The most common way to test the efficiency of public health messaging is to use methods that rely on self-reports such as questionnaires, surveys and focus groups. These methods are known to be flawed. At best, these methods provide a snapshot of what people think they are going to do or what they think they should be doing. But this is not enough since there is often a gap between what we report when filling surveys and what we do, between our intentions and our actions.
One way to address this gap and better inform public health communication strategies is to use neuroscientific insights in addition to self-reports. In light of studies that have shown that neuroscientific data was a better predictor of which health prevention message would be most impactful on people, for more than a decade now, scientists have been advocating for brain data to be leveraged in public health strategies. Brain data can be particularly useful to better understand how people process public health messages and how the repetition of messaging leads to prevention fatigue.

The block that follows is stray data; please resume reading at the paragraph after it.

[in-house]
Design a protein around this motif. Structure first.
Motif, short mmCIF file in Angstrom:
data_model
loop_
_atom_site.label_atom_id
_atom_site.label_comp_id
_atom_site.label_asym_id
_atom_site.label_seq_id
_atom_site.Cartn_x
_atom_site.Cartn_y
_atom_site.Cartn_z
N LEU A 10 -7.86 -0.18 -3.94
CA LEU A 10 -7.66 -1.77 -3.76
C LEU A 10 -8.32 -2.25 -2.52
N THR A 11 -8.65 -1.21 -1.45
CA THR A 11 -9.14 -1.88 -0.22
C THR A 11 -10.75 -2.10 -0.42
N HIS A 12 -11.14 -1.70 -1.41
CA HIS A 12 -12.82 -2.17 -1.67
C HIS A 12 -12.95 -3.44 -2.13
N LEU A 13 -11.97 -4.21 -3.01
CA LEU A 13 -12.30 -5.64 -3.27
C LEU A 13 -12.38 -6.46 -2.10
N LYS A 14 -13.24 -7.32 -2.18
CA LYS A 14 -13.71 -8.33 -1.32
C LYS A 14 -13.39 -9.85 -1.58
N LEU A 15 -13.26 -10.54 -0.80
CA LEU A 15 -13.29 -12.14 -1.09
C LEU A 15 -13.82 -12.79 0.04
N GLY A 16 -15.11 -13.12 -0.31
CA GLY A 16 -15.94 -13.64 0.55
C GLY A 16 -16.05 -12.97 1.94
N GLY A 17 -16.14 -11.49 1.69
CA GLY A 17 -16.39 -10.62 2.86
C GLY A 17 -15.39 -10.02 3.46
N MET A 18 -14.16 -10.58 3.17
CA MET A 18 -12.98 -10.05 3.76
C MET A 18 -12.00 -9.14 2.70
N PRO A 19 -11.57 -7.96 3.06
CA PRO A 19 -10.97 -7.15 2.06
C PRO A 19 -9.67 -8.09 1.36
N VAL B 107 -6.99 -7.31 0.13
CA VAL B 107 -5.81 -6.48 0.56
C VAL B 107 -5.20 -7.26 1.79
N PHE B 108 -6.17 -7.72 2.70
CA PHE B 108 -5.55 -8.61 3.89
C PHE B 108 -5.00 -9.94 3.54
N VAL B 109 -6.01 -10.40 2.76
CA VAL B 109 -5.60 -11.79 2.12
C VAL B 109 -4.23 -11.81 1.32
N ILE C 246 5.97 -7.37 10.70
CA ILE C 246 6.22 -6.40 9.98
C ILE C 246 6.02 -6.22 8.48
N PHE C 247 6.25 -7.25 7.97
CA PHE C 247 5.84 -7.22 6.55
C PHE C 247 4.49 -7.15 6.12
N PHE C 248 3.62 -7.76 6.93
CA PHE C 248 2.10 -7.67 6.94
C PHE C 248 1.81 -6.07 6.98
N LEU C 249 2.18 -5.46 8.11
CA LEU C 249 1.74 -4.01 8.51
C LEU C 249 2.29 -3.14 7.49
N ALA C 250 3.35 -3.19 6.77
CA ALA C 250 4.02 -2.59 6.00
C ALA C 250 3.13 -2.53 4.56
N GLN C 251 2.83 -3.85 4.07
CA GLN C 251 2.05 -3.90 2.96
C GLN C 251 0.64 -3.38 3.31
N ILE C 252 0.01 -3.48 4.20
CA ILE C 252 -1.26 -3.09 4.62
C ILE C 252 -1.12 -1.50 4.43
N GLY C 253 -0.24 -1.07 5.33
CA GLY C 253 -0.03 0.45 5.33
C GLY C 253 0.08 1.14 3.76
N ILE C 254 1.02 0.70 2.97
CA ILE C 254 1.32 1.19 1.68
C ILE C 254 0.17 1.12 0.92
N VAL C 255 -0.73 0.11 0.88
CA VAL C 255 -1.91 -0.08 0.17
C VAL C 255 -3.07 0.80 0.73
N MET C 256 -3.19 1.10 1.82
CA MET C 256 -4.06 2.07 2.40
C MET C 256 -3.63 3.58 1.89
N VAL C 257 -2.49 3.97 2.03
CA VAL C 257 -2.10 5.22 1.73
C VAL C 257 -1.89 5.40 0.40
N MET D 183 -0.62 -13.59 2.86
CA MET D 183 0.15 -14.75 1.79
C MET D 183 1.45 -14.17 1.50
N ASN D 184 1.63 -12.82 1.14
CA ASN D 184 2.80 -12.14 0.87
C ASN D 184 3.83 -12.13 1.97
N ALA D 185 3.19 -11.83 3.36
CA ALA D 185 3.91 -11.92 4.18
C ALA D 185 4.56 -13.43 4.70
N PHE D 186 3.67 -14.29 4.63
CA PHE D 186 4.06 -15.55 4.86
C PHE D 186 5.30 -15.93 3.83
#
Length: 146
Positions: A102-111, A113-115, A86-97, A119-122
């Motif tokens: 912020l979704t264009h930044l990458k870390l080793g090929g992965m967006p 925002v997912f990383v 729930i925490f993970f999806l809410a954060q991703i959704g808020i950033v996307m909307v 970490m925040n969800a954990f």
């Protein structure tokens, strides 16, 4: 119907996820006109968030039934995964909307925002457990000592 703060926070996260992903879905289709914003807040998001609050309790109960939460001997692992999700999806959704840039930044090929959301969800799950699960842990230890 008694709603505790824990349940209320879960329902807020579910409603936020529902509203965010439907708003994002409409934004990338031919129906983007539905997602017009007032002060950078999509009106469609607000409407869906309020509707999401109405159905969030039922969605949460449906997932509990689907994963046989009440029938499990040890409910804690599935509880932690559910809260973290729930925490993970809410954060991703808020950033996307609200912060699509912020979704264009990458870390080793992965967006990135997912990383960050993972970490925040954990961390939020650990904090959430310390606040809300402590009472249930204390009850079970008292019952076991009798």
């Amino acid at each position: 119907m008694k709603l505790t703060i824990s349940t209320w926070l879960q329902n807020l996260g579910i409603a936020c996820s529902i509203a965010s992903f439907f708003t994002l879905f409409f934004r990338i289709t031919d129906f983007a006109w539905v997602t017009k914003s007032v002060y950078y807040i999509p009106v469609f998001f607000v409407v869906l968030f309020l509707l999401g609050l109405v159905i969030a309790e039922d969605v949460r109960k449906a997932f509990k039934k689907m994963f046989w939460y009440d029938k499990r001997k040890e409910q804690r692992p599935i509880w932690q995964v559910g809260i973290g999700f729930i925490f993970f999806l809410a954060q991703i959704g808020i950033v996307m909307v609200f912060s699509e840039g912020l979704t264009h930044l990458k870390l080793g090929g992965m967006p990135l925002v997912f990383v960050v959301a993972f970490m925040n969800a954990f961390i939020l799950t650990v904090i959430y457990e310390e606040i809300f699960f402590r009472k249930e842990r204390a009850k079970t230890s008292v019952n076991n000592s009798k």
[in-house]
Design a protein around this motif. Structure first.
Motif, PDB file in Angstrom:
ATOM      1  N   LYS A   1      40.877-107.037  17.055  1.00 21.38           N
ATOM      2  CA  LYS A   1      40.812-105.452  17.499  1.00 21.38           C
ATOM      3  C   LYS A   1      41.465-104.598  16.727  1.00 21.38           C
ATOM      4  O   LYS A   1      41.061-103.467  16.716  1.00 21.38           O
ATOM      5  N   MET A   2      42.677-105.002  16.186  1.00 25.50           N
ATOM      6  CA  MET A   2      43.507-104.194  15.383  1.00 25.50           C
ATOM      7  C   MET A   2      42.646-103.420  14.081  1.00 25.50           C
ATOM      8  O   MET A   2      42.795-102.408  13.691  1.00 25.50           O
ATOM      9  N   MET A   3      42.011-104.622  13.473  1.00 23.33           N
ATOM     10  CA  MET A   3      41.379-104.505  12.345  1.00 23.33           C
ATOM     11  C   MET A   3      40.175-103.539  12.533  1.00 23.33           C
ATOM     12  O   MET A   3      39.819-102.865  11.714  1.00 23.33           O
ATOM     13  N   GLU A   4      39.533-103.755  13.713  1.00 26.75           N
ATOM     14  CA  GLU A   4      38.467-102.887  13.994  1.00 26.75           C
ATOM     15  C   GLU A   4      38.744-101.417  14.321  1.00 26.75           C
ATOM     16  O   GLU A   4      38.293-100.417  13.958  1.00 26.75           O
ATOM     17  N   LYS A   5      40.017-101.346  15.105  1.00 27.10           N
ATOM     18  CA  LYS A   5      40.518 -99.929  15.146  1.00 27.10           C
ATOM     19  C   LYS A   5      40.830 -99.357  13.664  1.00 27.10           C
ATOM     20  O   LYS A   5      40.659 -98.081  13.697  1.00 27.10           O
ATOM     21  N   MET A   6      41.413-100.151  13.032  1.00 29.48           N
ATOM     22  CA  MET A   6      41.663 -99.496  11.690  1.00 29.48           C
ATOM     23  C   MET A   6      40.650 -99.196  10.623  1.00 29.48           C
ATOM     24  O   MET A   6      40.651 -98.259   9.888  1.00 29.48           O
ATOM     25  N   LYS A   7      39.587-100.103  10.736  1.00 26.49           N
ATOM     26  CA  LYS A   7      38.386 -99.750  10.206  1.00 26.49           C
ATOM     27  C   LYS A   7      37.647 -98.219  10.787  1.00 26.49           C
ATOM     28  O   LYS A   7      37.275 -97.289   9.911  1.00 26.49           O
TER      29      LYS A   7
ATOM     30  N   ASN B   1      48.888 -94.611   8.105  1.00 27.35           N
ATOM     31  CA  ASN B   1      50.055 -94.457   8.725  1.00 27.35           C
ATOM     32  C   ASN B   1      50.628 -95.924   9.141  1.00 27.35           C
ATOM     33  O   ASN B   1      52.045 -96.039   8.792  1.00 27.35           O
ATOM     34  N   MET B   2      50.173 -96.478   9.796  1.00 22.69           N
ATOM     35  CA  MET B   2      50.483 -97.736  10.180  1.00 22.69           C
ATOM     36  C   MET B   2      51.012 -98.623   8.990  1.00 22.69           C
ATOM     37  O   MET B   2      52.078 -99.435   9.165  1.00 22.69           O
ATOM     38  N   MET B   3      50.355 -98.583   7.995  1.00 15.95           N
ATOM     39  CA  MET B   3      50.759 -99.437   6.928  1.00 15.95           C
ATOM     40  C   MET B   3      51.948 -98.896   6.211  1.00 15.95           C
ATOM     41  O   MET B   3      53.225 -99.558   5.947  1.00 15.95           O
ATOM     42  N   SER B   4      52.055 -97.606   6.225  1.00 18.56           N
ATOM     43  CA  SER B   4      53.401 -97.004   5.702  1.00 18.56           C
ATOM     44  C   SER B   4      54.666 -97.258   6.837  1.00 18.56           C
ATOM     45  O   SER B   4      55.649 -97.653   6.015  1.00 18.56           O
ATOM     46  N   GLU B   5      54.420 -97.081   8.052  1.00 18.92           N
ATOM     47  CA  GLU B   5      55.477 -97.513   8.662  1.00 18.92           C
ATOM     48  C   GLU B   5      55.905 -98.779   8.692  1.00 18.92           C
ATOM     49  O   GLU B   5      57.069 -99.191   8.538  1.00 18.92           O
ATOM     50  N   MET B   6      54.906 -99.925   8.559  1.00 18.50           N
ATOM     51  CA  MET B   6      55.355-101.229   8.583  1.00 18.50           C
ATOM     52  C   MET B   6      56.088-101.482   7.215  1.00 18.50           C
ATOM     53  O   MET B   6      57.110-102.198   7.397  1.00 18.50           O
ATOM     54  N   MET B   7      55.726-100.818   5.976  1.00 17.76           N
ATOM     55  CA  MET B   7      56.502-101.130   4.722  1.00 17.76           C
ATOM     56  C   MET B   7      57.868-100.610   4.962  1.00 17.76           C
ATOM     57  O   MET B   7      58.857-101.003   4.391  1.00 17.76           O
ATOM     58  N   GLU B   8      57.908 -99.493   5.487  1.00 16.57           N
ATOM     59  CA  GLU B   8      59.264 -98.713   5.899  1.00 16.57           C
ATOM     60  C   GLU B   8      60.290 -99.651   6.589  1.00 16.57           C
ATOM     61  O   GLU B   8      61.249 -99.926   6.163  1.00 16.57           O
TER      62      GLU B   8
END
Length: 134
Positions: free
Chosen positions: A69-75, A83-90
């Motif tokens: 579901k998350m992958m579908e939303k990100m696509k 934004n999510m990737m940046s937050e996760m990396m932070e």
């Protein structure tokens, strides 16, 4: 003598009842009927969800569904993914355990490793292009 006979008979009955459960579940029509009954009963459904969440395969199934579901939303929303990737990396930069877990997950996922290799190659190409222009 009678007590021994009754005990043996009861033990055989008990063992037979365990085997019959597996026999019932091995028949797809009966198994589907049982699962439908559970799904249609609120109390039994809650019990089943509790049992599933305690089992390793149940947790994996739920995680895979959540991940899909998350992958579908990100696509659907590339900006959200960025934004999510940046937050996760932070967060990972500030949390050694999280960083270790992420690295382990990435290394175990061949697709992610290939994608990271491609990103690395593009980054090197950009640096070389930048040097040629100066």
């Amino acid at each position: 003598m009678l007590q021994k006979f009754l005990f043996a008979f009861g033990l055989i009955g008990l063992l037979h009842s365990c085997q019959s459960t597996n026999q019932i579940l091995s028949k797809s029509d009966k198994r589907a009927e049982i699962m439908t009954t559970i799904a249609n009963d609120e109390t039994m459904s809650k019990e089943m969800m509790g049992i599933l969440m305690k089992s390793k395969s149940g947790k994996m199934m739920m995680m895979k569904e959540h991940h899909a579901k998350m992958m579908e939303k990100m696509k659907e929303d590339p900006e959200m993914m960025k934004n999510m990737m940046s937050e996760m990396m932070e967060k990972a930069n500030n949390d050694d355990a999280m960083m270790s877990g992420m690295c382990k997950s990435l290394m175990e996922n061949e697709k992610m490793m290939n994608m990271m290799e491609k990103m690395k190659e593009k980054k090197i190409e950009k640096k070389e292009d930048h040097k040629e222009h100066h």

But unlike the private sector that has been leveraging neuroscience for more than two decades to better communicate and engage with its consumers and employees, most local and national public health authorities are not equipped with teams of behavioral and brain scientists. Nor do they have access to neurotechnologies that could measure brain reactions of people remotely in their homes, including the changes in the levels of stress truly experienced.
For almost a decade, tens of thousands of people in 120+ countries have been using EMOTIV solutions to conduct research. These people are academic and citizen scientists, industry researchers, designers, R&D leads amongst many other professions. Thanks to the global community of owners and users of EMOTIV brainwear, several thousand published scientific studies have been published (Google Scholar search for “EMOTIV AND EEG” on October 11, 2020). We have therefore engaged our global community to contribute to BRAINSvsVIRUS. Thanks to our proprietary machine learning algorithms we looked at how a variety of public health posters, videos, and messages coming from all over the world impacted the brains of people in their homes.